Unlike the souvenirs you will find in the nearby postcard shops, for a few Dirhams you can have a craftsman fashion you a key-ring with a distinct purpose: to ward off the evil eye.
The evil eye is said to have the capability to affect anyone, however those of us who are deemed highly attractive need to take the most caution. As the risk of suffering from the ill-effects of the evil eye grow in proportion to ones beauty.
Sacred talismans such as those sold in the square of Jemaa al-Fnaa have been used by certain people in Moroccan culture for centuries to ward off the evil eye. And for a loved one back home a souvenir such as this makes for a gift that is absolutely unique to this corner of the world.
Jemaa al-Fnaa is an ancient space that is humming with interesting legends such as this one and is easily accessible via a 10 minute stroll from the luxury Riad Papillon.
The 7 Saints is a cosy Café-Restaurant in the southern reaches of the central square of Marrakech, Jemaa al-Fnaa.
At the 7 Saints you will be able to find traditional Moroccan cuisine as well as good variety of European dishes such as panini’s and pizzas.
It’s easy to glance over the name, ‘7 Saints’ and not think anything of it, however the restaurant takes it’s title from 7 holy men who came to live in the red city in times long gone past. Under the Berber Almoravid dynasty, Marrakech became the capital of an Empire that spread through North Africa and into Spain.
In this time of great prosperity and opulence, the red city became a cultural and religious magnet. Over time 7 Holy saints of Islam came to live and die within the ramparts of Marrakech. The significance of this is huge, if you were to ask Marrakshi locals which city they hail from in Darija Arabic, in passing some would reply, “from the 7 Saints” as opposed to Marrakech.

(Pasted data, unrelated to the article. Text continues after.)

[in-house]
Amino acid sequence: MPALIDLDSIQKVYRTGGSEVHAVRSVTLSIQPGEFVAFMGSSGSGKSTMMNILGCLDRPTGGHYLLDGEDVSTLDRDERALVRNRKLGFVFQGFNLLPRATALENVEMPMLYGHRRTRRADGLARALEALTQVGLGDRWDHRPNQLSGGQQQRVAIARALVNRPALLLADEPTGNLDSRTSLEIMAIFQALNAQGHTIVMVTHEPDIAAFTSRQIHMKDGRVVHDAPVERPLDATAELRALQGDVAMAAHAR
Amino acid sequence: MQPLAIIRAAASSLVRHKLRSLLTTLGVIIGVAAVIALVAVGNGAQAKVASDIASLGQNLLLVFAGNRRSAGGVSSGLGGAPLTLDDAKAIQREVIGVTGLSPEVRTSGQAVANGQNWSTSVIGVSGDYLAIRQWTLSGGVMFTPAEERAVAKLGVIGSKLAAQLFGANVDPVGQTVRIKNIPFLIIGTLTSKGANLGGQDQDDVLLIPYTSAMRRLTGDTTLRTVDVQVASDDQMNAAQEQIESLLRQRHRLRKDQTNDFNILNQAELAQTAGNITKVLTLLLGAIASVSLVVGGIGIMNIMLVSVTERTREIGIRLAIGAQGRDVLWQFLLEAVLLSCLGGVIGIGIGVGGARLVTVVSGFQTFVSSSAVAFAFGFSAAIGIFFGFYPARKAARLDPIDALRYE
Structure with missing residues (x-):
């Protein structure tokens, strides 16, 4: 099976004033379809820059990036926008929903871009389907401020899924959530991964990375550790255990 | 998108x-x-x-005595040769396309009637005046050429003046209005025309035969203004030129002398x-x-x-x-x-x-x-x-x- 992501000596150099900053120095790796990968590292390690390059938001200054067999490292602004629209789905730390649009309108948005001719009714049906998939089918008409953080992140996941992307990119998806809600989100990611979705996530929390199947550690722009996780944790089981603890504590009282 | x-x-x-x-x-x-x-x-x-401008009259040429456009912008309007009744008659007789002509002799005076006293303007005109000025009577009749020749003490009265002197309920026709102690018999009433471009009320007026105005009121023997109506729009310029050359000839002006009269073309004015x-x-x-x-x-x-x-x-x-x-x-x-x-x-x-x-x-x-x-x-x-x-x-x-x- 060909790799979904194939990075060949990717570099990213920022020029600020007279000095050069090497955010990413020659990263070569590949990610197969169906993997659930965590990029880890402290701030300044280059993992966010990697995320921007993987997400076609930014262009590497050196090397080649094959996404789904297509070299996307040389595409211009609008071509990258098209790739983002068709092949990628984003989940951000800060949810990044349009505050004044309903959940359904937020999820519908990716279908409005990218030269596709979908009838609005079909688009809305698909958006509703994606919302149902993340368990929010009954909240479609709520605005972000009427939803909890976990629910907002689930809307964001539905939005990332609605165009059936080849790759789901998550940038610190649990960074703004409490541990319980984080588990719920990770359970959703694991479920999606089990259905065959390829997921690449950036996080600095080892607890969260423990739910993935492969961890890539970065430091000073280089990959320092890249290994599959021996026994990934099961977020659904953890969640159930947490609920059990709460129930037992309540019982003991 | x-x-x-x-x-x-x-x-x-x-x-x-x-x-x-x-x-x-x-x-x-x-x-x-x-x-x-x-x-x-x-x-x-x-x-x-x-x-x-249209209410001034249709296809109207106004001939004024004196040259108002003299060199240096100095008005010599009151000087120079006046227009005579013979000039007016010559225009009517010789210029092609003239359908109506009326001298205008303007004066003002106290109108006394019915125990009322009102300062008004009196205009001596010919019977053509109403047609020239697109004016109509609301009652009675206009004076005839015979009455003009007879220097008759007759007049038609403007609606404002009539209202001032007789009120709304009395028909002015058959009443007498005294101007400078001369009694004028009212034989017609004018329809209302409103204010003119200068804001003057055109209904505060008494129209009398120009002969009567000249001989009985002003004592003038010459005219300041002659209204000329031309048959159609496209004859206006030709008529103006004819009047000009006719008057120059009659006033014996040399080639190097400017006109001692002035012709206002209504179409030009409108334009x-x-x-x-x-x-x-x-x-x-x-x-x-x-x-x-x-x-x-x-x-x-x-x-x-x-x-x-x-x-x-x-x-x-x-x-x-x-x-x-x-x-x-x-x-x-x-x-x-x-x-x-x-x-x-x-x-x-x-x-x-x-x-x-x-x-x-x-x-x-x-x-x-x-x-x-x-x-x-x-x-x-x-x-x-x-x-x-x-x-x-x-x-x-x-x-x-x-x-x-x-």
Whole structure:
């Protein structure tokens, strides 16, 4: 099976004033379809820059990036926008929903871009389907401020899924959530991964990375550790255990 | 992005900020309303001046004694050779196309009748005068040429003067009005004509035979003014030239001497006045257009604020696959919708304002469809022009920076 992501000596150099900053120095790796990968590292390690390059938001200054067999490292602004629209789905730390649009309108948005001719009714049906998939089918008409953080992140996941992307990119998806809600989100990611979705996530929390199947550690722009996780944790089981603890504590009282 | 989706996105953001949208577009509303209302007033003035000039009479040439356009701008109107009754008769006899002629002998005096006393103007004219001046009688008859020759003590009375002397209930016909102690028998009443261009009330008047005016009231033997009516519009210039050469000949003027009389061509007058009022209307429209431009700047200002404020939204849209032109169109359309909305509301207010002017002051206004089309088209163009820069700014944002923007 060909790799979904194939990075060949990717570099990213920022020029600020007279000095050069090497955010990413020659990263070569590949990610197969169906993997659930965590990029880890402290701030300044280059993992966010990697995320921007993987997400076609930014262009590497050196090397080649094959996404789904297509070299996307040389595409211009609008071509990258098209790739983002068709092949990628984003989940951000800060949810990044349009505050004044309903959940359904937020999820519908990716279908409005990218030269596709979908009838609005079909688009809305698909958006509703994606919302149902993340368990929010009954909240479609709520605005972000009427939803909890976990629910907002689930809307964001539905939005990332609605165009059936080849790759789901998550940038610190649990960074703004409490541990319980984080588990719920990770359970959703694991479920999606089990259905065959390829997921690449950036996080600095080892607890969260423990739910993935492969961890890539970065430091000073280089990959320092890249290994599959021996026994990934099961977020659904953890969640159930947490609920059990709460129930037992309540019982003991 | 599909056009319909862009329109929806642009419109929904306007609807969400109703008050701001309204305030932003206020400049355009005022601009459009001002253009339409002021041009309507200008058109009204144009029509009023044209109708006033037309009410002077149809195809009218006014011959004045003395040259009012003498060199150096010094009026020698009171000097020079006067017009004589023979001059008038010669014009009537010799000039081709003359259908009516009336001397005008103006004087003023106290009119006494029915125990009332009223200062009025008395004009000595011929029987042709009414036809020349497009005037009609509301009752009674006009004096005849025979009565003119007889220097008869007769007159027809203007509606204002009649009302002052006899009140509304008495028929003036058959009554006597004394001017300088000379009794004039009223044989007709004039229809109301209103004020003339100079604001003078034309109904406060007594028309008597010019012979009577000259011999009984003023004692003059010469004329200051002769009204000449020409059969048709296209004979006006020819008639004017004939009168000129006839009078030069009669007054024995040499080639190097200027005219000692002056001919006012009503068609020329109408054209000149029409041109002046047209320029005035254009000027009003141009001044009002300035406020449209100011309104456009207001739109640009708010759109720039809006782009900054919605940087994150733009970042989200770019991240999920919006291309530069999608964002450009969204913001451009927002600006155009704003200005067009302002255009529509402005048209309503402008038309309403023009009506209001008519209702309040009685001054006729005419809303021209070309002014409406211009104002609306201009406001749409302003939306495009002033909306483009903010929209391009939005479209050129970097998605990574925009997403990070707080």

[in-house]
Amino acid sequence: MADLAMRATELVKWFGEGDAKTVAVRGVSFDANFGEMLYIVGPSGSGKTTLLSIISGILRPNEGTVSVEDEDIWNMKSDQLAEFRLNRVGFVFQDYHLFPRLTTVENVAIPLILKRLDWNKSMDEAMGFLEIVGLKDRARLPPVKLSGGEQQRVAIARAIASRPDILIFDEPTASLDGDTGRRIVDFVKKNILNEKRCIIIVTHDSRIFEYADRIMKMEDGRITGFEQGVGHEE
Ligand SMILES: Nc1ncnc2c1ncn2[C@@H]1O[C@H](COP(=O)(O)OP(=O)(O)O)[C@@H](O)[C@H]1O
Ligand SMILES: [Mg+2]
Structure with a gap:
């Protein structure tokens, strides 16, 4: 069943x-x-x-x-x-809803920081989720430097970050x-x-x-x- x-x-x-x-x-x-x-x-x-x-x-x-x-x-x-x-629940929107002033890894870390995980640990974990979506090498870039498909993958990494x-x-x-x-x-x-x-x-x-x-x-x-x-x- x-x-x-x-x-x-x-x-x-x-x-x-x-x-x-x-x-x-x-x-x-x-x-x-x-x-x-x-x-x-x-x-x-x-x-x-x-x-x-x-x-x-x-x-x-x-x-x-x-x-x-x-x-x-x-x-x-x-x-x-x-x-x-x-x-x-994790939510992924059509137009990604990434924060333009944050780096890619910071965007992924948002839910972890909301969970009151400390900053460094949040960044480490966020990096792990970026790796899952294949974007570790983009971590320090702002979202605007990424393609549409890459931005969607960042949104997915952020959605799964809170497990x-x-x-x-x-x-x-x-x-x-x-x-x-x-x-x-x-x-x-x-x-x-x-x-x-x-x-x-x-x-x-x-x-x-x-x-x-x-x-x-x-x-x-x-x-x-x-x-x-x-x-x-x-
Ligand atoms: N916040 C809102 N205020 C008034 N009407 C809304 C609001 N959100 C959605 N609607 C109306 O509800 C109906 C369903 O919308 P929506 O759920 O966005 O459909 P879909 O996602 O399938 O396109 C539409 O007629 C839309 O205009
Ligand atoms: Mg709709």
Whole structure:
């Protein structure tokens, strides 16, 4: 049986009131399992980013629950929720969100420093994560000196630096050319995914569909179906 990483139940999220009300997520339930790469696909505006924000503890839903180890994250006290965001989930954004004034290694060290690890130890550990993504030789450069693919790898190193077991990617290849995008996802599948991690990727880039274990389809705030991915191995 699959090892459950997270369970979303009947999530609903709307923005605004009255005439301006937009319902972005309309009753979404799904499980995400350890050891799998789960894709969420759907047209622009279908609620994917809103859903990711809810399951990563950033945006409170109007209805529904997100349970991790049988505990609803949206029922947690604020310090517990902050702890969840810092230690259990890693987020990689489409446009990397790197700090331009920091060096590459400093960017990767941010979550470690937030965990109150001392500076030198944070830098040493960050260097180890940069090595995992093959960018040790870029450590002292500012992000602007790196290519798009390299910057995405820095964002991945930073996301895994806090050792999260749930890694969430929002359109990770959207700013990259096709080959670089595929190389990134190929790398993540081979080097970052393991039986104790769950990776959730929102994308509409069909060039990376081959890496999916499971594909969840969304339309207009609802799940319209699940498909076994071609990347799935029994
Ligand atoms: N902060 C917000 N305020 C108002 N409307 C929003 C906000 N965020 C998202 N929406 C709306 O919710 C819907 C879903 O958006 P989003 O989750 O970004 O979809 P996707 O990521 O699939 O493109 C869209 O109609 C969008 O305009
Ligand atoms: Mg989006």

Intriguing local history aside, the 7 Saints is the ideal place to cool down and enjoy some refreshments after a day spent under the rays of the fierce Moroccan sun. Unlike many restaurants in the square the 7 Saints is equipped with mist sprays and excellent WiFi.
Ask a waiter for a café special, for only 10 Dirhams (£0.75) you will be presented with a rich, creamy and slightly sweet local coffee that makes the perfect partner to a Moroccan salad.
The 7 saints is a five minute stroll from the Riad Dar Habiba, a traditional Moroccan Riad converted into a luxury hotel, conveniently located directly in the heart of the Marrakech Medina.
Every Friday lunchtime a large ornate clay tagine dish arrives on the ground floor of the charity Henna Café, which is where many visiting guests and local Marrakshi and Marrakshia’s will come to get an education for free in a number of subjects.
Aside from the black flags flying aloft the many Mosques around the medina’s riads, this dish indicated that it is indeed a Friday. The tajine pot is filled with freshly made couscous from Tarique and his brother Hassan who run a small convenience store opposite. As the hardest of all Moroccan dishes to make correctly, couscous is saved each week for this special day of worship in the Islamic calendar.
After ten minutes Tarique arrives with two friends as he vacates his shop temporarily to walk the two meters to the Henna Café, and they commence with spoons to eat. As the meal continues, three others arrive as Tariques friend is departing and exchange a few courteous words between the group before finding a stool, spoon and a small section of couscous to eat. This process goes on for a further forty five minutes with around 15 men, including the host, coming and going after a few mouthfuls and a small but intimate catch-up.